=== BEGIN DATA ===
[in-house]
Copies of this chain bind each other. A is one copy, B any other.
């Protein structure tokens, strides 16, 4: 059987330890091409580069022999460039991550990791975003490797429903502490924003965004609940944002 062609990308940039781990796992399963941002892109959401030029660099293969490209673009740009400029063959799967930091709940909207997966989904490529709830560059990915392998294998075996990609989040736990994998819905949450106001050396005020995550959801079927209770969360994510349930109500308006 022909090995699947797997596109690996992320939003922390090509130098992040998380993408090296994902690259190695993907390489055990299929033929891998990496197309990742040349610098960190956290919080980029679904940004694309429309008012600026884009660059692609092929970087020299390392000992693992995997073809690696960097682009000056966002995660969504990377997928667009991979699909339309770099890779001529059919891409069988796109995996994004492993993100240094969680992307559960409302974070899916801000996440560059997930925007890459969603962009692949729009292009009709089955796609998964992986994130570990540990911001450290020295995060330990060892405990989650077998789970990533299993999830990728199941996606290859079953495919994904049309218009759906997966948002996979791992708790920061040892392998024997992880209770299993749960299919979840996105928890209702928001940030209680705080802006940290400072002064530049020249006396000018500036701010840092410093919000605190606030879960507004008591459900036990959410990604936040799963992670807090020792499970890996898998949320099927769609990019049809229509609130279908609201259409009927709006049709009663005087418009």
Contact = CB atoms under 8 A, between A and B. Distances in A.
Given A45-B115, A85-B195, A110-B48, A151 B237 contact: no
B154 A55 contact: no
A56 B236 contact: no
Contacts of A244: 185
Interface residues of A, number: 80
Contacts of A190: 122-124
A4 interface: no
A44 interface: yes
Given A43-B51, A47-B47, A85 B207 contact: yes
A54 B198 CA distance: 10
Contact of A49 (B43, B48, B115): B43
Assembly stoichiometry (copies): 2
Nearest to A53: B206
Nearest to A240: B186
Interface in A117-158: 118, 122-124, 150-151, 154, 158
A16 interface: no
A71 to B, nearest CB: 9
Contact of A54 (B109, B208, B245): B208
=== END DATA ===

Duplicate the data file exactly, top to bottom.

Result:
[in-house]
Copies of this chain bind each other. A is one copy, B any other.
């Protein structure tokens, strides 16, 4: 059987330890091409580069022999460039991550990791975003490797429903502490924003965004609940944002 062609990308940039781990796992399963941002892109959401030029660099293969490209673009740009400029063959799967930091709940909207997966989904490529709830560059990915392998294998075996990609989040736990994998819905949450106001050396005020995550959801079927209770969360994510349930109500308006 022909090995699947797997596109690996992320939003922390090509130098992040998380993408090296994902690259190695993907390489055990299929033929891998990496197309990742040349610098960190956290919080980029679904940004694309429309008012600026884009660059692609092929970087020299390392000992693992995997073809690696960097682009000056966002995660969504990377997928667009991979699909339309770099890779001529059919891409069988796109995996994004492993993100240094969680992307559960409302974070899916801000996440560059997930925007890459969603962009692949729009292009009709089955796609998964992986994130570990540990911001450290020295995060330990060892405990989650077998789970990533299993999830990728199941996606290859079953495919994904049309218009759906997966948002996979791992708790920061040892392998024997992880209770299993749960299919979840996105928890209702928001940030209680705080802006940290400072002064530049020249006396000018500036701010840092410093919000605190606030879960507004008591459900036990959410990604936040799963992670807090020792499970890996898998949320099927769609990019049809229509609130279908609201259409009927709006049709009663005087418009």
Contact = CB atoms under 8 A, between A and B. Distances in A.
Given A45-B115, A85-B195, A110-B48, A151 B237 contact: no
B154 A55 contact: no
A56 B236 contact: no
Contacts of A244: 185
Interface residues of A, number: 80
Contacts of A190: 122-124
A4 interface: no
A44 interface: yes
Given A43-B51, A47-B47, A85 B207 contact: yes
A54 B198 CA distance: 10
Contact of A49 (B43, B48, B115): B43
Assembly stoichiometry (copies): 2
Nearest to A53: B206
Nearest to A240: B186
Interface in A117-158: 118, 122-124, 150-151, 154, 158
A16 interface: no
A71 to B, nearest CB: 9
Contact of A54 (B109, B208, B245): B208